See back in the summer there was a serious water shortage in many parts of BC due to an abnormally dry summer. Many municipalities put water restrictions in place, including a ban on lawn watering. Some residents chose to ignore this ban and kept their lawns plush and green, incurring the ire of most other residents. Upon that ire was launched #grasshole. Shaming those with green lawns on social media and vigilantly reporting offenders to the City. This was one response I received to that tweet:

And so begins #iceholes, a way to shame those with unshoveled walks into complying with the by-law. And a way to draw the City’s attention to an increasing problem. I also learned about the City’s 311 app that allows you to report offenders. I would have done that this morning except it was -18 and I was running. That last thing I wanted to do was (1) stop and (2) take my gloves off.

I encourage you to join my fight in your neighbourhood. If you want to keep taxes low, the exchange for that is, in fact, ensuring that we as residents provide the services in lieu. And since Albertans keep telling me how much more efficient the private sector is at delivering services (more on that another time), it is time for them to step up and show this by not being #iceholes.


8 thoughts on “#iceholes

  1. One thing to add: If you do report any of the above incidents The City will first provide the owner with a warning to clear the sidewalk within 7 days. If at the end of those 7 days the walk isn’t cleared, The City will send someone else to clean it and send the owner the bill.

    • Thanks Erin. 7 days seems like a overly large window. I also expect repeat offenders. That is, they clear it to respond to the notice, but they go back their usual behaviour.

  2. You are hilarious! Who knew there’d be a tax implication to shovelling your piece of sidewalk?! Great stuff, Lindsay. You make taxation policy approachable and almost fun. Here’s the snow we are dealing with in the California desert, remnants of the big El Niño storms that dumped lots of rain over the past three days, with snow at higher elevations.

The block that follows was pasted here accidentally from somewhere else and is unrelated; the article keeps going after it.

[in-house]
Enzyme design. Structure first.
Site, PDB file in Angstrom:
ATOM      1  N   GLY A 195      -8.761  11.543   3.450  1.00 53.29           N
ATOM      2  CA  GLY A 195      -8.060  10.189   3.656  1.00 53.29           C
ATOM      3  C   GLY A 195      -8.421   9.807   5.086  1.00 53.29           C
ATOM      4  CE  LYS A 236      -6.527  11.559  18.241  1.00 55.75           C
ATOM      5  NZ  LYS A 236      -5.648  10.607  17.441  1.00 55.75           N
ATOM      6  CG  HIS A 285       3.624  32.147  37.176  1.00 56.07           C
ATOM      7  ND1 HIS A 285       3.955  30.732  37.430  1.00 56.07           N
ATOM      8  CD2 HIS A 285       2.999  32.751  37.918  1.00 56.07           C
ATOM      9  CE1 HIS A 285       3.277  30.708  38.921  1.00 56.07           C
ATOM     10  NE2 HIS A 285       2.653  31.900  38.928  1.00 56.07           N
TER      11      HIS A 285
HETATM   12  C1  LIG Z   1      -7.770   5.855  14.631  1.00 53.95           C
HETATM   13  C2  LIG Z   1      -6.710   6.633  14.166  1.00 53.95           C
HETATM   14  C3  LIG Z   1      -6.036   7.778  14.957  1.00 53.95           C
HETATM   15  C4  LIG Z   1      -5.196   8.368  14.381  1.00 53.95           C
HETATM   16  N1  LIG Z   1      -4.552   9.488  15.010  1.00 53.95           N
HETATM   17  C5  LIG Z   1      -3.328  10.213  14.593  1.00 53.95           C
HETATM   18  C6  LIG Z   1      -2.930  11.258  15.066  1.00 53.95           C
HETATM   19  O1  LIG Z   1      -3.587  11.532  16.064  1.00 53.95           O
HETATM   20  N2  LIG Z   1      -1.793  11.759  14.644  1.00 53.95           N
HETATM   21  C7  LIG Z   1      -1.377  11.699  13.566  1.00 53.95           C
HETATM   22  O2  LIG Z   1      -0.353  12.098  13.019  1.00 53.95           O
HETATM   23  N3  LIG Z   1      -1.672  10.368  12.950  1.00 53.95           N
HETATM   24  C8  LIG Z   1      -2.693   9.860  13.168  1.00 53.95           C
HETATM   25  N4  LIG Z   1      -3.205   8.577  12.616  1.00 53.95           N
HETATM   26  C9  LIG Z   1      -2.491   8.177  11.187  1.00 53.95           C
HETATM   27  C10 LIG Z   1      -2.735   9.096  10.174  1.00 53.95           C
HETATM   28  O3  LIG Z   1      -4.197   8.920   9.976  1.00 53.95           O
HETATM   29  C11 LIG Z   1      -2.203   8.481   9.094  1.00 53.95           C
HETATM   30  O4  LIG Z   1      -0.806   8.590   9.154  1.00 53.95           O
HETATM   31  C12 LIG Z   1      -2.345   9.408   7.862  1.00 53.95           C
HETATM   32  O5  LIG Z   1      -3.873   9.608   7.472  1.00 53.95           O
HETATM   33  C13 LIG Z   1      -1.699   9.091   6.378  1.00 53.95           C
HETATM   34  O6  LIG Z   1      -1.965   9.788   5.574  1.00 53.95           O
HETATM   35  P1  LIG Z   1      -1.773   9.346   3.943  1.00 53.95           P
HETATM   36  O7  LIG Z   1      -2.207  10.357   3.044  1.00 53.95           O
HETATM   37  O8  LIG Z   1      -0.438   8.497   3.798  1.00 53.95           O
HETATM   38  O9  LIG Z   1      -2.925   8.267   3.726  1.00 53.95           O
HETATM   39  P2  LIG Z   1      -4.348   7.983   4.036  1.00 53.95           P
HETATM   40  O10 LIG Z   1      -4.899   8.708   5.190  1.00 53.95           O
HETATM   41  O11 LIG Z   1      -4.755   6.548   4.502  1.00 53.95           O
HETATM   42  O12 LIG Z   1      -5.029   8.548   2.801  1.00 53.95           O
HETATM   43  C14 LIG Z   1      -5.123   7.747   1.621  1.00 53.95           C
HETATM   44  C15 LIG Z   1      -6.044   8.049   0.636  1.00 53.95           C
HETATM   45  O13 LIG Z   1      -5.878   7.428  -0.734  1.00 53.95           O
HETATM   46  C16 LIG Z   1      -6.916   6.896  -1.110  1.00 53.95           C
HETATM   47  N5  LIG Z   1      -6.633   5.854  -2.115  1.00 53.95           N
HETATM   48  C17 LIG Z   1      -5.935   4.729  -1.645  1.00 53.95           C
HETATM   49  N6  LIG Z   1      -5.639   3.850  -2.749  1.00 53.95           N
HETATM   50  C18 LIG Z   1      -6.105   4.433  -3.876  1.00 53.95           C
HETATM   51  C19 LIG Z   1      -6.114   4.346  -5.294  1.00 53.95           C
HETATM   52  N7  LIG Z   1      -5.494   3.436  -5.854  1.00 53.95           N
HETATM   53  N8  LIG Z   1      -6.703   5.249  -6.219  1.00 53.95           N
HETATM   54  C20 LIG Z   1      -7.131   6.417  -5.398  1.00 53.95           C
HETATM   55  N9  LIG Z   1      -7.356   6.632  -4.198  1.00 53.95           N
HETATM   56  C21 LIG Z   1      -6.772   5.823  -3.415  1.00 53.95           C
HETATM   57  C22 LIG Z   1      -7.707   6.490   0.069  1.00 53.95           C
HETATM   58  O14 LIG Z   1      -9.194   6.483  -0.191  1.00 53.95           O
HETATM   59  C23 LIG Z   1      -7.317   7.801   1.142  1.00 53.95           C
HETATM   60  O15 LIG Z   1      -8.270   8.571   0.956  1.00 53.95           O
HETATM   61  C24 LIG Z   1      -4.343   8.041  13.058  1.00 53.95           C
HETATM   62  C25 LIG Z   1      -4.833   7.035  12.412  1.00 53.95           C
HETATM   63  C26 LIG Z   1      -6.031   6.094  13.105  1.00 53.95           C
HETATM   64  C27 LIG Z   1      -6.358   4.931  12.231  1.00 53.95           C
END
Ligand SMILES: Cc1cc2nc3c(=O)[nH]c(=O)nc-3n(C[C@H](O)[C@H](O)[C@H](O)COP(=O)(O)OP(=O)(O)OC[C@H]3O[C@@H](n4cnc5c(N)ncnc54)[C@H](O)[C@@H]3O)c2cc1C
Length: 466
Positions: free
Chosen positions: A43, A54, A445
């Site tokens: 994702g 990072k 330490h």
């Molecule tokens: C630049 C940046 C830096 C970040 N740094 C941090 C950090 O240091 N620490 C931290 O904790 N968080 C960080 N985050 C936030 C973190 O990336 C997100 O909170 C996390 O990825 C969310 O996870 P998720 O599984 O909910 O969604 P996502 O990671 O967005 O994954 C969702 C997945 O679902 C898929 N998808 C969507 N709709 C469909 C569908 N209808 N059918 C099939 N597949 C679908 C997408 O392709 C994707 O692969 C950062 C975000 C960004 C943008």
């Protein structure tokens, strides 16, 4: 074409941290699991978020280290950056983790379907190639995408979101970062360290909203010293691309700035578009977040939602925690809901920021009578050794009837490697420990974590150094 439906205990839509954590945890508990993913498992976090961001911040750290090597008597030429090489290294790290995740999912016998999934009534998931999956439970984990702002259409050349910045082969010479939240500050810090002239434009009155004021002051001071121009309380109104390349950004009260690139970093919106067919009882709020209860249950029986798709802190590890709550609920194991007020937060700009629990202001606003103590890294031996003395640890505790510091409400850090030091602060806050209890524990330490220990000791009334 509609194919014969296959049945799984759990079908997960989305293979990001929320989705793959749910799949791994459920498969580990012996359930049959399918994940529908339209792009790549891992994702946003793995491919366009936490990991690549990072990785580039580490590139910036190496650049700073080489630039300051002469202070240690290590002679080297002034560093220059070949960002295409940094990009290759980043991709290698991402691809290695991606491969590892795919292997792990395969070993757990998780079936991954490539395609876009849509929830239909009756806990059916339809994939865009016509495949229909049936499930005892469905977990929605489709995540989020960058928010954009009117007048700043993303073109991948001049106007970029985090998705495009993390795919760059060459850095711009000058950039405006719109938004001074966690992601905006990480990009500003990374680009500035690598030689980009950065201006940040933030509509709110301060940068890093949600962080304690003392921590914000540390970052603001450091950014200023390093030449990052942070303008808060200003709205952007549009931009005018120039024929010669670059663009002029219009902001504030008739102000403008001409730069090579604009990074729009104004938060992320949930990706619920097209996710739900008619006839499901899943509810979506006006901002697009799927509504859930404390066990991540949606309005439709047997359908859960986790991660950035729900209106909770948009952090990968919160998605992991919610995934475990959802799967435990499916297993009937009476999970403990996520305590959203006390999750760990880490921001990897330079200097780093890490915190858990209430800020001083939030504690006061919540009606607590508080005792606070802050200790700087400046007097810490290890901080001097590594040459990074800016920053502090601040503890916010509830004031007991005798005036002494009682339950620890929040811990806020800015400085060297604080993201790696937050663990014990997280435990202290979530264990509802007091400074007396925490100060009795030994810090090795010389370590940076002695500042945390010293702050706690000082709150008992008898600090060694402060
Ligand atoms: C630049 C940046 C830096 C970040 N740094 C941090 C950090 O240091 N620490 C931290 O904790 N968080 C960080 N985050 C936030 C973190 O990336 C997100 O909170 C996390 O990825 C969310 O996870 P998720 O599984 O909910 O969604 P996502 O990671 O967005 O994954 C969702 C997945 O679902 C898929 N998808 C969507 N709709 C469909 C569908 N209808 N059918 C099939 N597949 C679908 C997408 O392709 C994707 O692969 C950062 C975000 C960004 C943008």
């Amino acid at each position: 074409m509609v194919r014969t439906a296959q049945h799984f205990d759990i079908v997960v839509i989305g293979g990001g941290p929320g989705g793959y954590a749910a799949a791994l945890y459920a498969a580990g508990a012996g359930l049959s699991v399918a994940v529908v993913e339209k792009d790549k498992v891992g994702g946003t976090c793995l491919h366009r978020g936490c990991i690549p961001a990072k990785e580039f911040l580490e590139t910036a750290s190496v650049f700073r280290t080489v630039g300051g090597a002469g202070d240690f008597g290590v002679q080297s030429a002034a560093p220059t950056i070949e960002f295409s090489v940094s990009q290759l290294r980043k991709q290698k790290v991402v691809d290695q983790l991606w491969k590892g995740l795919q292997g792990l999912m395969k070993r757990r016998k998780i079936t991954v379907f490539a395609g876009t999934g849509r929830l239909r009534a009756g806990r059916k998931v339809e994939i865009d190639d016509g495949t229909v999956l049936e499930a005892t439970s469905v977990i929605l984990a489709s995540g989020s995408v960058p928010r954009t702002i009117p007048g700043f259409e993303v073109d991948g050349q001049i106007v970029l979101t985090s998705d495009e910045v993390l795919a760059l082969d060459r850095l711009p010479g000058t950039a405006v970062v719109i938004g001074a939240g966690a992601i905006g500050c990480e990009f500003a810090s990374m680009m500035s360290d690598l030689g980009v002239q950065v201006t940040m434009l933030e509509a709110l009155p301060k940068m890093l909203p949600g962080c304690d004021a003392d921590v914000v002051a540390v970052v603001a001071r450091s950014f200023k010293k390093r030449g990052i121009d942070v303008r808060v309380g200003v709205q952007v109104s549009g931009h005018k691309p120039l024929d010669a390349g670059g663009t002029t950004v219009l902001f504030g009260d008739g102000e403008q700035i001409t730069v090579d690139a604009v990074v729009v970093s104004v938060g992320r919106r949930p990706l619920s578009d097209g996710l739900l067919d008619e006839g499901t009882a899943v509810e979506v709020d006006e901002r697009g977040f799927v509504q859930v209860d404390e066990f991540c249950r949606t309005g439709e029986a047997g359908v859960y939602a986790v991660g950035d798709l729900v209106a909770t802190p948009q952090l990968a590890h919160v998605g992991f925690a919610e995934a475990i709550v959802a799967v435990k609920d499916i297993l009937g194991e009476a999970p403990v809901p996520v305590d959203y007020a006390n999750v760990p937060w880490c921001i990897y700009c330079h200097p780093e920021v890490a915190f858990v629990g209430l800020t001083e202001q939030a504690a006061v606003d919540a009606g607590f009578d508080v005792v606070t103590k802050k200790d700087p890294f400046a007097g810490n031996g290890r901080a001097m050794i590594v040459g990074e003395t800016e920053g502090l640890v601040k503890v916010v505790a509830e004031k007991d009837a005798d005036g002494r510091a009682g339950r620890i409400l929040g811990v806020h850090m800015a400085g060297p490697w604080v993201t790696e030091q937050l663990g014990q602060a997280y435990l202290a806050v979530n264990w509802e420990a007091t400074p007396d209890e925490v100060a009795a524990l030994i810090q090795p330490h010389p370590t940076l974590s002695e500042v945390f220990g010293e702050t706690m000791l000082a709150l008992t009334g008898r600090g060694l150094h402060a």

(Auntie) Vicki

    Sent from my iPad


  3. Finally, someone who actually talks about the costs of this tax-saving policy on pedestrians. I tried to engage my councillor on it this year, and even though he’s one of the more progressive, active-transit-minded councillors in Edmonton, he couldn’t get past the argument that it’s not an unreasonable expectation of residents to clear a bit of sidewalk. It seems that most people in these excessively car-dependent cities just can’t wrap their heads around the idea that an uncleared sidewalk is more than a cosmetic problem.

    The couple of blocks near my house are unusually good thanks to a neighbour who blades it with his quad, but I find the general non-compliance rate here is about 1 in 3. Worst offenders are homes under construction and corner lots. As an owner of a corner lot, I can fully understand why…the tax break I get is the same as my neighbours, but the cost of shoveling the public walk is 5x higher. The city also adds the insult of a “local improvement charge” where I have to pay a substantially larger share of the cost of rebuilding all the sidewalks in the neighbourhood because I have more sidewalk.

  4. So when Conservatives propose a barbaric cultural practices hotline it’s likened to Nazis, but when people rat out all their non-shovelling neighbours, including seniors, it’s progressive?

  5. This did get me thinking about how this seems reasonable but when Conservatives proposed a barbaric cultural practices tip line it was likened to Naziism.

  6. This did get me thinking about how this seems reasonable but when Conservatives proposed a barbaric cultural practices tip line it was likened to Naziism.

    • I won’t comment on the barbaric cultural practices tip line as it was not something I paid any attention to. However, tip lines are quite common in areas where others external to the government agency hold greater information about compliance with laws than they do. For example, tip lines are quite common in tax compliance.